PE battles the higher interest rate environment: Story of the Year

The cost of borrowing became more expensive in 2022, resulting in both challenges and opportunities for the industry.

Private Markets and the End of Cheap Money – that’s the title of a cross-publication podcast series PEI Group began publishing at the end of 2022.

The choice of words is significant: for the first time in more than a decade, the ‘L’ in LBO is becoming more expensive, changing the nature of one of the main levers private equity uses to generate returns over public markets.

The cost of borrowing going up – at the time of writing, the US Federal Reserve had just raised rates for a seventh time in a year, with the Bank of England and European Central Bank following suit – played out in various ways throughout the year.

On the deal front, investors have retreated, leaving large M&A processes suffering from problems with leveraged loan syndication. A prime example was the $16.5 billion buyout of software company Citrix by Elliott Management and Vista Equity Partners, agreed in January. As of September, the banks who underwrote the leveraged side of the transaction were reported to still be holding billions of Citrix debt on their books, despite having offloaded almost $9 billion of bonds and loans at knockdown prices.

Capital markets have been rocked since the start of the year by events including Russia’s invasion of Ukraine and plummeting tech valuations, with successive rises in interest rates exacerbating headaches.

“The debt availability of traditional lenders has decreased,” said Robert Knorr, managing partner at MidEuropa, a Central and Eastern Europe-focused mid-market specialist. Traditional banks are either less willing to lend, increasing their lending rates, or simply decreasing the amount of leverage they’re prepared to lend at, impacting deals and deal pricing, he added.

“It also has an impact on what kind of borrowing you would be going for. You can’t really just rely – as we have not been relying – only on traditional lenders.”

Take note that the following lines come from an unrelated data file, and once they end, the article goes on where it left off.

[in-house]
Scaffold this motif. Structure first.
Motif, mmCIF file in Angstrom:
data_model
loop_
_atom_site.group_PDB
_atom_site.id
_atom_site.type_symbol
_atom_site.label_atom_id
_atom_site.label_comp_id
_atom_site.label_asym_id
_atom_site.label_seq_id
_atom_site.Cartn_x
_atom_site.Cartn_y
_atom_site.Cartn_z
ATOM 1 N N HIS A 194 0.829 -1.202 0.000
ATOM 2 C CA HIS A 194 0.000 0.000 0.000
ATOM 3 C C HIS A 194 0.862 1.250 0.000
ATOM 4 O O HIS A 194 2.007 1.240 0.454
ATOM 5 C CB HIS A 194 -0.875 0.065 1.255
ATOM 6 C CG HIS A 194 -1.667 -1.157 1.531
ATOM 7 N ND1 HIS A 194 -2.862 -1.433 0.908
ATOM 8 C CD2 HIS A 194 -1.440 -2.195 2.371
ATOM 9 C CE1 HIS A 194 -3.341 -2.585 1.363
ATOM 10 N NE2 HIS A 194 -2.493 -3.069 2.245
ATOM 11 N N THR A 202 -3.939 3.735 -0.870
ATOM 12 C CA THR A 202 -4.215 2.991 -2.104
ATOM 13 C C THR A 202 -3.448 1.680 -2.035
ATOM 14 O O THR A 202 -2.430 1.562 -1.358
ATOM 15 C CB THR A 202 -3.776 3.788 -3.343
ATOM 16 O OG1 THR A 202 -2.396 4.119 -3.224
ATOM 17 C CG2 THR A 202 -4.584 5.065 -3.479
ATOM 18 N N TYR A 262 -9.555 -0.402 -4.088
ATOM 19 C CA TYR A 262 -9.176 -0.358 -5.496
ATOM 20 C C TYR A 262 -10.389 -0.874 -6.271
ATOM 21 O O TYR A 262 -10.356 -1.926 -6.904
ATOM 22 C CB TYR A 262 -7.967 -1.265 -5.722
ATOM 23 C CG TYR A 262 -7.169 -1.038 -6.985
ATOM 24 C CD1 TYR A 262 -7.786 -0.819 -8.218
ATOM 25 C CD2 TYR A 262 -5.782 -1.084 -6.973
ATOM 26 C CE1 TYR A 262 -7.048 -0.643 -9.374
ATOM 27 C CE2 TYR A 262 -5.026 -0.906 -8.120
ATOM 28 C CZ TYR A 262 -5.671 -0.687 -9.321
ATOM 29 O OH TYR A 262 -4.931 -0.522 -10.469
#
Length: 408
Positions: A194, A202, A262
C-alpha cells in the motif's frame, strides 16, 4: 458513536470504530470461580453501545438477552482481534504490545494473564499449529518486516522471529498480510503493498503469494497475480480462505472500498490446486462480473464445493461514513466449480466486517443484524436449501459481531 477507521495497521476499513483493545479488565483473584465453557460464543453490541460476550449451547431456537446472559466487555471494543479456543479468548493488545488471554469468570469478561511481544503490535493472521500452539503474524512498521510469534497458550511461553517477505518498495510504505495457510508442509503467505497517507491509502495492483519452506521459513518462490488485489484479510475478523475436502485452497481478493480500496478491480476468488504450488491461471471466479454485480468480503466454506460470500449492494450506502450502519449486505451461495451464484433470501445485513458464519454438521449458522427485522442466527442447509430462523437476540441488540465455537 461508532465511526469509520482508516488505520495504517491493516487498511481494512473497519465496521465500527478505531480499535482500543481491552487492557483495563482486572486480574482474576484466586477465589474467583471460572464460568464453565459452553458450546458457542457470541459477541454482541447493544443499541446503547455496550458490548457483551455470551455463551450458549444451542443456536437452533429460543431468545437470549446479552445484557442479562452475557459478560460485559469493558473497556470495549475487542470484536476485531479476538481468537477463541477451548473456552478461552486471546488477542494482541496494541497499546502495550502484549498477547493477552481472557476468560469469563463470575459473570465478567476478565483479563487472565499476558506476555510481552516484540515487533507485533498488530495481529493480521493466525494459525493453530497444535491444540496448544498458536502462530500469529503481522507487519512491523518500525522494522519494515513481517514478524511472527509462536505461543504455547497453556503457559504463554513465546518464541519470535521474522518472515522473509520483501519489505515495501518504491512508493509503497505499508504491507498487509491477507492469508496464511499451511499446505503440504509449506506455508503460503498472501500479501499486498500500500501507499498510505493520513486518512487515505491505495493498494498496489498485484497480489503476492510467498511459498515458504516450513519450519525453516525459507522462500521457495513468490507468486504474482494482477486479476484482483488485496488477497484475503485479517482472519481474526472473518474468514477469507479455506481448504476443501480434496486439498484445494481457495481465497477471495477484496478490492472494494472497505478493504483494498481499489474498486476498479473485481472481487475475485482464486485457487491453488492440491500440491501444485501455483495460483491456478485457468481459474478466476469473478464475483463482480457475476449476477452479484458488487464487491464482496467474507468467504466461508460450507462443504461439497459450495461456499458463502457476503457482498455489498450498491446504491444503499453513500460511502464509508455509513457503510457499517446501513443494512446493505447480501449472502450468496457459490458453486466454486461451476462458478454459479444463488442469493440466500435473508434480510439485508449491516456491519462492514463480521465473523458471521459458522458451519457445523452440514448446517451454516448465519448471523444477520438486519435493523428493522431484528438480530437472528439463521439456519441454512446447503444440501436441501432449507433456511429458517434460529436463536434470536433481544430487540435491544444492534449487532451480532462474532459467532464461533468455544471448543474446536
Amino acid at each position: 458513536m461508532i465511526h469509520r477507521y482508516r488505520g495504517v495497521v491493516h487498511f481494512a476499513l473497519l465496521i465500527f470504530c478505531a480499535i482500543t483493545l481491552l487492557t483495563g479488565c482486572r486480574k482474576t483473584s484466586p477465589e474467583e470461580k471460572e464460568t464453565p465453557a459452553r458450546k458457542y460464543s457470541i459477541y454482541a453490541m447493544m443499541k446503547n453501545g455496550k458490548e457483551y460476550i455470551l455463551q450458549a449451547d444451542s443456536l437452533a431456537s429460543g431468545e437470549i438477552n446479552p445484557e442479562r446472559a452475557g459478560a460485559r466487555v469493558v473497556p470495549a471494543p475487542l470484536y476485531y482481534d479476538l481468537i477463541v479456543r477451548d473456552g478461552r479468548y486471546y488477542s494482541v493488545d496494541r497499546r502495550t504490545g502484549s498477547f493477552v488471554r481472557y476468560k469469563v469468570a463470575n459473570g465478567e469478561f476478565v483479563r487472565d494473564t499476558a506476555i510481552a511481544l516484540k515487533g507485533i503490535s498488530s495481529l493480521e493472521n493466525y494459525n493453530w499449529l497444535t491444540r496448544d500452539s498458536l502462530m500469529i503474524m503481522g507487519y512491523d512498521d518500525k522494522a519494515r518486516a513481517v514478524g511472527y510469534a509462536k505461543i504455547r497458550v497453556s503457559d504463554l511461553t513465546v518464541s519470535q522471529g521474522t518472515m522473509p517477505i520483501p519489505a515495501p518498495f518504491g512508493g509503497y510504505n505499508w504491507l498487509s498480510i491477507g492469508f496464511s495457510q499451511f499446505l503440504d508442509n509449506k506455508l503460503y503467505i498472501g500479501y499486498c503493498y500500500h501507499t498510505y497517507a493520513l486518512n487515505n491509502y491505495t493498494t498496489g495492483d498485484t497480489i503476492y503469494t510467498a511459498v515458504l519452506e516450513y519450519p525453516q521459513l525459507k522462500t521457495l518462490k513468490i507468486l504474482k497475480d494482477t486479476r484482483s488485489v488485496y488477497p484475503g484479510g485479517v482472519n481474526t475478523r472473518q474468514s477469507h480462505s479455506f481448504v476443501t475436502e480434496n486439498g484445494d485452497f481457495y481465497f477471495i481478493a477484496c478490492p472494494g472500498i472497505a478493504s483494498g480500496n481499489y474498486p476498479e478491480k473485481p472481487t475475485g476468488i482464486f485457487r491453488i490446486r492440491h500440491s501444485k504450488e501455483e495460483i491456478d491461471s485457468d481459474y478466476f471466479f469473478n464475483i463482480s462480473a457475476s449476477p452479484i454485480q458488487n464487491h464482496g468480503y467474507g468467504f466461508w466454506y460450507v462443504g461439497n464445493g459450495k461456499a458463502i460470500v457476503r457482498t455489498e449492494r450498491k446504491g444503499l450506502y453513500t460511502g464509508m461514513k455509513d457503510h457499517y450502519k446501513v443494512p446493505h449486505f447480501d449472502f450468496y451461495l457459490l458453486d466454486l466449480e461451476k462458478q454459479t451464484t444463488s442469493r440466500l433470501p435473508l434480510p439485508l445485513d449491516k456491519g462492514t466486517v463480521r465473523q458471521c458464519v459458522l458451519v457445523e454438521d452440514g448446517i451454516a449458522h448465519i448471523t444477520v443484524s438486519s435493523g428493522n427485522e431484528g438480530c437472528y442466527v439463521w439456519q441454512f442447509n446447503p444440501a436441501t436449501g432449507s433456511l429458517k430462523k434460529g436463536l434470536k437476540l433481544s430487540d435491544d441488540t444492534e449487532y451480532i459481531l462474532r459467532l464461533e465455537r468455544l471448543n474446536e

In the mid-market, however, transactions have been a little more insulated from broader volatility and rate increases due to traditionally lower levels of debt usage, as Michelle Handy, managing director and head of portfolio and underwriting of First Eagle Alternative Credit’s direct lending platform, told us for our podcast series in December.

“For middle market transactions, you’re talking about less than maybe 4.5 turns of leverage – you’re talking about LTVs that are less than 50 percent, transactions that get structured with fixed charge coverages that are north of 1.5. And so the structure itself lends to cushion in general for the overall transaction as interest rates increase.”

The rising cost of leverage also began to force LPs to reconsider the role that private equity plays in their portfolios. According to Jim Pittman, global head of private equity at British Columbia Investment Management Corporation, alternatives exposure is likely to drop in favour of less risky strategies such as fixed income. With investment-grade government bonds paying as much as 5 percent, an institutional investor can “dial down” the risk of its portfolio, he said.

“You will see that happen for sure in many of the pension plans, if the interest rates stay mildly high,” Pittman said. “Right now, you see many pension plans [with] 50 percent, 55 percent allocated to private markets. I’m sure that will probably come down 5 percent… if there’s an expectation that [interest rates] will stay in the 3, 4, 5 percent rather than the 0, 1, 2 percent range.”

With more rate rises expected in the New Year, private equity firms tell us they are increasingly focusing on other levers, such as operational improvements, to drive returns. As such, 2023 is set to be a year like no other seen in at least a decade and a half.